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Media Executives Cling to Their DRM Denial

According to a new study from Strategy Analytics, the video and music industries are unlikely to follow the Apple and EMI recent decision to abandon Digital Rights Management (DRM).

The report entitled "A Roadmap for DRM: Business Impact for Content Owners and Technology Vendors," draws on extensive interviews with senior executives in the media, entertainment and consumer electronics industries. It concludes that DRM will still play a critical role in the emergence of the digital marketplace.

But to remain valid, according to Strategy Analytics, DRM will have to sink into the background of the value chain, enabling new choices for consumers, while also opening up new revenue streams for creators and content owners.

"In the right form, DRM can help expand the size of the music and video markets," comments Martin Olausson, Director of the Strategy Analytics Digital Media Strategies service. "Ultimately, DRM is needed to harness the commercial value of the rip, mix, burn and share culture."

"It is time to shift the focus of the debate over DRM beyond the misleading polarity of corporations versus consumers," adds Andrew Currah, the report author. "Ultimately this is a commercial rather than a technological problem. In the coming years DRM will be redefined and fine-tuned -- not eradicated completely, as many have suggested."

The report identifies the key factors that will shape the evolution and transformation of DRM from today's disruptive exploratory phase of innovation to a more stable exploitative era, which will be characterized by clearer standards, commercial diversification and improved consumer choice. Strategy Analytics believes that DRM will eventually realize great riches in the digital ecosystem by enhancing the consumption of existing content, as well as by enabling entirely new business models and new uses.

Frankly, I totally disagree with the Strategy Analytics assessment. The era of exploitation has already been in existence for many years, and the cartel of a few and very powerful media companies have used various methods to manipulate artists, manage content scarcity and fix pricing. Big budget productions for both music and film projects was sustained by the fact that the vast majority of independent producers were denied access to the cartel's closed distribution channels.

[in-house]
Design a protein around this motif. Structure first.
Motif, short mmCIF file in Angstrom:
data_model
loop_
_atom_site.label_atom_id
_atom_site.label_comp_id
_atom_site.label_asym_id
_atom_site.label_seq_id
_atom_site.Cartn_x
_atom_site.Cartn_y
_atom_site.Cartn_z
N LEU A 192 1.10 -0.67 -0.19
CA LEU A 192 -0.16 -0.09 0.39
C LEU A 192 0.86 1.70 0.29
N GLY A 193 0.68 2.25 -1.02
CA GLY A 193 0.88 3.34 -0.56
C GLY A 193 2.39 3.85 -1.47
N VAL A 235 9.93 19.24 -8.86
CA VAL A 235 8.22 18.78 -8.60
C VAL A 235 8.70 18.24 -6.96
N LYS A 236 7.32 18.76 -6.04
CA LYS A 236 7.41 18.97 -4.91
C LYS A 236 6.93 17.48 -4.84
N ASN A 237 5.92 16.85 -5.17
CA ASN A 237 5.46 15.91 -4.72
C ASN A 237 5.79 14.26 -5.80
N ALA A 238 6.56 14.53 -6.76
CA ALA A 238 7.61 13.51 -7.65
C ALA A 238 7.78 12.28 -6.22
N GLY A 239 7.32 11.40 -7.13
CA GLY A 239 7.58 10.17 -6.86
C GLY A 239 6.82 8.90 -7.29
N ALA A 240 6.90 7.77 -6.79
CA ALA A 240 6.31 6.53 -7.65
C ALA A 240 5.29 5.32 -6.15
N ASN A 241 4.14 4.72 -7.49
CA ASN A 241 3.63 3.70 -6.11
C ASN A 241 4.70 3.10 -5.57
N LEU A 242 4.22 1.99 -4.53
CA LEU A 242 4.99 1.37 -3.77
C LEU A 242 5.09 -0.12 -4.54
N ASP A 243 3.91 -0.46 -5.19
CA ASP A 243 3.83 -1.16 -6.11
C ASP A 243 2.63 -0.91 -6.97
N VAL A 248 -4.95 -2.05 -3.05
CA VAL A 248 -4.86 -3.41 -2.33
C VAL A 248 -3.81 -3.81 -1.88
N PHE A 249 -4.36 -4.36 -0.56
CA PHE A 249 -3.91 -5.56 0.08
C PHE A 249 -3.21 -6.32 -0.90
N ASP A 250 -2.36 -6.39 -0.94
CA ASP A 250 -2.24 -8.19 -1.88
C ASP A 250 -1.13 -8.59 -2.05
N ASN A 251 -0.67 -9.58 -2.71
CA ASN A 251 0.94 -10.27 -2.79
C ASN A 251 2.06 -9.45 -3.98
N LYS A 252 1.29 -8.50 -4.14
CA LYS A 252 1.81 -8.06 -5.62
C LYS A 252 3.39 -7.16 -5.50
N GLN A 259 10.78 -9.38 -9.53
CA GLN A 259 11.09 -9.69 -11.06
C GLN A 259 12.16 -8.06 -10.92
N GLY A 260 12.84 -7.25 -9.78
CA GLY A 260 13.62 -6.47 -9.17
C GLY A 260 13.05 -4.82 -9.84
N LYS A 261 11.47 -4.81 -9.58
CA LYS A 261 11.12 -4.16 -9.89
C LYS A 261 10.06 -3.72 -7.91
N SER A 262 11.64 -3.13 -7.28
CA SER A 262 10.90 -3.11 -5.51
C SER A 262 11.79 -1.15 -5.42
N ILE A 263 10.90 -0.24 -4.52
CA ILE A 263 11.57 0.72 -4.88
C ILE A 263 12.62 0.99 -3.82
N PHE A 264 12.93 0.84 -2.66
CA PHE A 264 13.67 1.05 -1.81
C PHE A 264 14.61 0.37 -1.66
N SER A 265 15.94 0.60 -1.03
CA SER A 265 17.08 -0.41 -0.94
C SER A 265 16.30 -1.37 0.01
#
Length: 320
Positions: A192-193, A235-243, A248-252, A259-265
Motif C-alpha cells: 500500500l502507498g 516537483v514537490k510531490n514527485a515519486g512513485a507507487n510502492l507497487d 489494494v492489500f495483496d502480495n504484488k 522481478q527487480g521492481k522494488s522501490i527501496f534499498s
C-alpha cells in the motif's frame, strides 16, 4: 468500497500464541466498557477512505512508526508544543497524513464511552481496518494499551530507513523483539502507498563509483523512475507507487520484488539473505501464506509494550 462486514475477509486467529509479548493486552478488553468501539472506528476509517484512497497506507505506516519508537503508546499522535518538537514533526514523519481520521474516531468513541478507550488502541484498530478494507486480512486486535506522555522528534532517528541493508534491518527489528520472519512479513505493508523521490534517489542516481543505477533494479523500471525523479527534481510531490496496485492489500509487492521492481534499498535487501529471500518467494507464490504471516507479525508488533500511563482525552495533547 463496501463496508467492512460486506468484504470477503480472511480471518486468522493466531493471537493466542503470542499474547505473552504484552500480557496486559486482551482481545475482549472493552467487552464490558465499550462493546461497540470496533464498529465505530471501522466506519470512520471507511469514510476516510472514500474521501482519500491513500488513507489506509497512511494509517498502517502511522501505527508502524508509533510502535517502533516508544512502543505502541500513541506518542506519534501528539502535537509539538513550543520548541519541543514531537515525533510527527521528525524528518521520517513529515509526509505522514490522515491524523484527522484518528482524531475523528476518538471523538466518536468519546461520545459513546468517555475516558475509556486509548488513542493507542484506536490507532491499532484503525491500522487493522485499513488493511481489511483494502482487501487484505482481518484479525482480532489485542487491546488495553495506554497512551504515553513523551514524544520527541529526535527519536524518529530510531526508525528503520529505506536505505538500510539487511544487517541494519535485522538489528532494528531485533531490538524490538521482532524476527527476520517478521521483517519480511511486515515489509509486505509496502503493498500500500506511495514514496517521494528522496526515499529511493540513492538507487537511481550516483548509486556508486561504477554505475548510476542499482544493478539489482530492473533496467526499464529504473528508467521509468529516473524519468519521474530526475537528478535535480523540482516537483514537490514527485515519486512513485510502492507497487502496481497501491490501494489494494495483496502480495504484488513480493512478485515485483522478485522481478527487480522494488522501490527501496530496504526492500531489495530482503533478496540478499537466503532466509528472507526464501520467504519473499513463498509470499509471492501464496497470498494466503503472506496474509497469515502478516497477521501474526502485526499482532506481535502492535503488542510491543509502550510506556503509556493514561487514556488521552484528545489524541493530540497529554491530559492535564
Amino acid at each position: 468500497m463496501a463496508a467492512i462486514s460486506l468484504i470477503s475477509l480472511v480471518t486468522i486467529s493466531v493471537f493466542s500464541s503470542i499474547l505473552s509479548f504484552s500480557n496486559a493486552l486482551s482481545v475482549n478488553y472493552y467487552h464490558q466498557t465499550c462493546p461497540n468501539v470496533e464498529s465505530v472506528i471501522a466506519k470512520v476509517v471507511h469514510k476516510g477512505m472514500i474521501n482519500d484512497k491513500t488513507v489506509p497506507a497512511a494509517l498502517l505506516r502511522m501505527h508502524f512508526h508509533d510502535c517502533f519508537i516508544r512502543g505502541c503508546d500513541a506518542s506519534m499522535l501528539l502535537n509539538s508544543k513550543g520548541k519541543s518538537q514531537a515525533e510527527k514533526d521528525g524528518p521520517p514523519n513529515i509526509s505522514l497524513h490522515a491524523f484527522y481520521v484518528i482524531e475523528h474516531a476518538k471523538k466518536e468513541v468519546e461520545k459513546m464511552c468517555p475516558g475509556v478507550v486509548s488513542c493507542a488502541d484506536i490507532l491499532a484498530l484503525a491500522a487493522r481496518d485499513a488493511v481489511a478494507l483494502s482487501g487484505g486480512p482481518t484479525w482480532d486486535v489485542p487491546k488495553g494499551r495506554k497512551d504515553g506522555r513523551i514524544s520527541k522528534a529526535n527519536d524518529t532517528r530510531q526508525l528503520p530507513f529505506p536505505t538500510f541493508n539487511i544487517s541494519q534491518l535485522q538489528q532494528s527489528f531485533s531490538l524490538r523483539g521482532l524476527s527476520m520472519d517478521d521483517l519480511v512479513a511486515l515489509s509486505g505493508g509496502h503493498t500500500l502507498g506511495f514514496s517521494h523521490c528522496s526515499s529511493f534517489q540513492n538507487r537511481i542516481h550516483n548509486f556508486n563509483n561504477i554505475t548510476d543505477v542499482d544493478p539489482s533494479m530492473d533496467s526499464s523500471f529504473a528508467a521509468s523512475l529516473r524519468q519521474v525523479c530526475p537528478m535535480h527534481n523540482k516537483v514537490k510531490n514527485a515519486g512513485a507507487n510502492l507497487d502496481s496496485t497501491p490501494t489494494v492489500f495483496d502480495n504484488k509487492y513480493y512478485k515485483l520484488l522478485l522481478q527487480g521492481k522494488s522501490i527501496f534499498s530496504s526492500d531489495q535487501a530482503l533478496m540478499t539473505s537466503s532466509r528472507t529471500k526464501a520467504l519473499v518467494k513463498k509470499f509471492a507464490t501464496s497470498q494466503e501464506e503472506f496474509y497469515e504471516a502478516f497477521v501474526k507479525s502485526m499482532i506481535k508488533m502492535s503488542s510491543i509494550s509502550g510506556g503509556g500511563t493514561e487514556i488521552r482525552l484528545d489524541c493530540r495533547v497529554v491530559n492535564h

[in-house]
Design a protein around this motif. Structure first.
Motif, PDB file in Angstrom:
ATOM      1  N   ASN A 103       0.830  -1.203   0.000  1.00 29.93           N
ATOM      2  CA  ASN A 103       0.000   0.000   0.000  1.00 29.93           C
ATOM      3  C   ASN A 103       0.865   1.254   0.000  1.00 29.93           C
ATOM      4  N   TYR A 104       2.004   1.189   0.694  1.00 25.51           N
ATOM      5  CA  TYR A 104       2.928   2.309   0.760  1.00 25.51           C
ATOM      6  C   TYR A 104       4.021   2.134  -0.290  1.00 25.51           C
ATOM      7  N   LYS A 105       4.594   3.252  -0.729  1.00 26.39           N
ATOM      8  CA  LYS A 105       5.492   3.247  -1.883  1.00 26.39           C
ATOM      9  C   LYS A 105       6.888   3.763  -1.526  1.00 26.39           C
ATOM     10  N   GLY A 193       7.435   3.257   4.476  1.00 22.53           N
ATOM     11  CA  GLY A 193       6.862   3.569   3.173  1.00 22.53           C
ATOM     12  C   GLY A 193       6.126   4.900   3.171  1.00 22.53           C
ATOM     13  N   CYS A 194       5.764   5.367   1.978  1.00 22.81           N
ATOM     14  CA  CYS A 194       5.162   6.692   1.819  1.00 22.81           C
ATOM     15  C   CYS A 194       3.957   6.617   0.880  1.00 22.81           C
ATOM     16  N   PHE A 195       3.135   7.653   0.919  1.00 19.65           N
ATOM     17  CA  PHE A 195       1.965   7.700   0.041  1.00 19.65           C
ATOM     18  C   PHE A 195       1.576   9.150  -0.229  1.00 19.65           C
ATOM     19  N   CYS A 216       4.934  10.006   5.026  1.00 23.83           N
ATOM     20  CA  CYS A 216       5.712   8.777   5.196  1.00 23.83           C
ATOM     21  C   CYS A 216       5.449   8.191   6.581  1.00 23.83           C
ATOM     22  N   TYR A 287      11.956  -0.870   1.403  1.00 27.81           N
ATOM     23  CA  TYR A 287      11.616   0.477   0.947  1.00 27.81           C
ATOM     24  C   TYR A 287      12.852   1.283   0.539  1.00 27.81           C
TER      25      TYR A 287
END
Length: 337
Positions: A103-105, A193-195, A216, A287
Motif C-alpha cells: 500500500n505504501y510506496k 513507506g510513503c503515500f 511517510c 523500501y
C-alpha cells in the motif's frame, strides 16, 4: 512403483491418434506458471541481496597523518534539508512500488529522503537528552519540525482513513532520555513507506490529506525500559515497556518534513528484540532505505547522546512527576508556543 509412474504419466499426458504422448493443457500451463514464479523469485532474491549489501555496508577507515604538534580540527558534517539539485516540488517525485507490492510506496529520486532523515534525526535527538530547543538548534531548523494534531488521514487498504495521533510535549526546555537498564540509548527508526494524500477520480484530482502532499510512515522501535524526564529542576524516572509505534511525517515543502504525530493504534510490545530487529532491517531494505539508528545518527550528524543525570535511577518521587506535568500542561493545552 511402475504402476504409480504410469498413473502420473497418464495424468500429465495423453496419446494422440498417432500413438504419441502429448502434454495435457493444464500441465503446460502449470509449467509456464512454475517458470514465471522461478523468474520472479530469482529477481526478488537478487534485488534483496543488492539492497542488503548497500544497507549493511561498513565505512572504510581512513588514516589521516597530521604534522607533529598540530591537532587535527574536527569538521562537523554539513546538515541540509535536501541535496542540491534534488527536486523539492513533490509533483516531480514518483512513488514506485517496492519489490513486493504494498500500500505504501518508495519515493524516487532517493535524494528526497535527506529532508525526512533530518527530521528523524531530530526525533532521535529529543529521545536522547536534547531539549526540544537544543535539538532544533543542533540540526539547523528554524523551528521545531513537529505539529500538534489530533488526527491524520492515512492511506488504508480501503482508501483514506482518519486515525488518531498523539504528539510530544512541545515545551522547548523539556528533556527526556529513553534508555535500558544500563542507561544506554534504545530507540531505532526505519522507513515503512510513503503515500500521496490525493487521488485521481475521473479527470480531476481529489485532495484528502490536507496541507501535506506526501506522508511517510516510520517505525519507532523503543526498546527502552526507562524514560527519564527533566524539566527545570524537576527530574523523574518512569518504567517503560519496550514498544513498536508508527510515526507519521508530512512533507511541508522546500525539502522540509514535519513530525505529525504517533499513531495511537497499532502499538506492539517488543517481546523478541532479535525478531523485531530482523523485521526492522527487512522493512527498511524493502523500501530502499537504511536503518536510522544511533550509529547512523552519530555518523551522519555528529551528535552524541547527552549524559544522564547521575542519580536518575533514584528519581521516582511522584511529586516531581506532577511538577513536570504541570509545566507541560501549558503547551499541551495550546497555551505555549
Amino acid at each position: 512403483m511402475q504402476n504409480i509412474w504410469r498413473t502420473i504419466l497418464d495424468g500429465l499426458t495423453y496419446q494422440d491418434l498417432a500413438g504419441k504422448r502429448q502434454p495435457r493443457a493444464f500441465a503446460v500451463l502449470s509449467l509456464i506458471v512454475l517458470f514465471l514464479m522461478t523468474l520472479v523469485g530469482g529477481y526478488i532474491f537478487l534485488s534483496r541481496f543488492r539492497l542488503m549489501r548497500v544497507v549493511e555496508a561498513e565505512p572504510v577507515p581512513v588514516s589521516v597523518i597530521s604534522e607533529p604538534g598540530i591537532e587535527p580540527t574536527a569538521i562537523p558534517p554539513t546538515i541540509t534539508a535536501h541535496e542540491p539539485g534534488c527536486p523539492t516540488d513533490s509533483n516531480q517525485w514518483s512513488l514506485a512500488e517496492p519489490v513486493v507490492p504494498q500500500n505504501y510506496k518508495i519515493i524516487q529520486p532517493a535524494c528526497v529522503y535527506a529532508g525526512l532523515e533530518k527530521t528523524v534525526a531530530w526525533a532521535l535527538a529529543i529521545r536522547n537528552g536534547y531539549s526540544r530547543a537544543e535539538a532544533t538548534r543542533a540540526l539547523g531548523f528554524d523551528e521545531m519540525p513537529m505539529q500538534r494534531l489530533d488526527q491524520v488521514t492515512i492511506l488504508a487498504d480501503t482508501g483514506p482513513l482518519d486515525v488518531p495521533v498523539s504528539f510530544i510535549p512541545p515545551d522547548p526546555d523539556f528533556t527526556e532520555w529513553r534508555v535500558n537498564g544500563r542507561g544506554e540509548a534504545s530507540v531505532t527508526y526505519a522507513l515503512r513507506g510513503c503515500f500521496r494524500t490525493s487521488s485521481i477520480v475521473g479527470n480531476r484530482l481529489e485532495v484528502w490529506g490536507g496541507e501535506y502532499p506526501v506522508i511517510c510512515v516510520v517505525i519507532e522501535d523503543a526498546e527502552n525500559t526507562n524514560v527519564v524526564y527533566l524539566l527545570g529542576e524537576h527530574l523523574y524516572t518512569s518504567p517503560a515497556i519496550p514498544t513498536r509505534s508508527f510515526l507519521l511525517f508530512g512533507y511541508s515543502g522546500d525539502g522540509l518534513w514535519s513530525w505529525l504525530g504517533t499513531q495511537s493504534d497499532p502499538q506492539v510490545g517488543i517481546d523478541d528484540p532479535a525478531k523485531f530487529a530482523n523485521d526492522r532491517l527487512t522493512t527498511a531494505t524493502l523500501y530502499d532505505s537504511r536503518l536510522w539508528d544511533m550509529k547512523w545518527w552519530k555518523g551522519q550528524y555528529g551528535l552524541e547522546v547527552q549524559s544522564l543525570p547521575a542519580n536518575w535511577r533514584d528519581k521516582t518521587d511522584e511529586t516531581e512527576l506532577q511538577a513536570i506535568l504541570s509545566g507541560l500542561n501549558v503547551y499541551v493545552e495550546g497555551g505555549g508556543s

In contrast, the Internet has enabled an open distribution channel for low-budget content producers to bring their product to market at a reasonable cost -- thereby bypassing the traditional gatekeepers. As a result, an ever increasing list of otherwise obscure music and film genres found an eager audience for their highly differentiated art. As the controlled scarcity of predictable popular content transformed into a free-form world of abundant indie content, the era of exploitation has run its course.

Clearly, Alain Levy, the prior chairman and CEO of EMI Music, was one of the first industry executives to move beyond denial, and acknowledge the shift of power to consumers who exercise their newfound freedom of choice. He witnessed firsthand the abrupt shift in the marketplace, and understood the implications of the apparent trend towards continued and accelerated product and market fragmentation.

While other major media industry executives prefer to use stall tactics, such as forming joint ventures in an attempt to reconstruct the cartel's controlled scarcity business model online, I believe that eventually they too will acknowledge the futility of denying consumers the right to pay for content one-time, and then enjoy that content at a place and time of their choosing -- on whatever device they are using, at that moment in time.

For the time being, I believe that Mr. Levy gave EMI a strategic advantage -- relative to the peer group. Other media executives will no doubt cling to their denial of the apparent shift, until they are better able to face this new reality and move beyond their deep-rooted fears of operating within the free-market for digital content.

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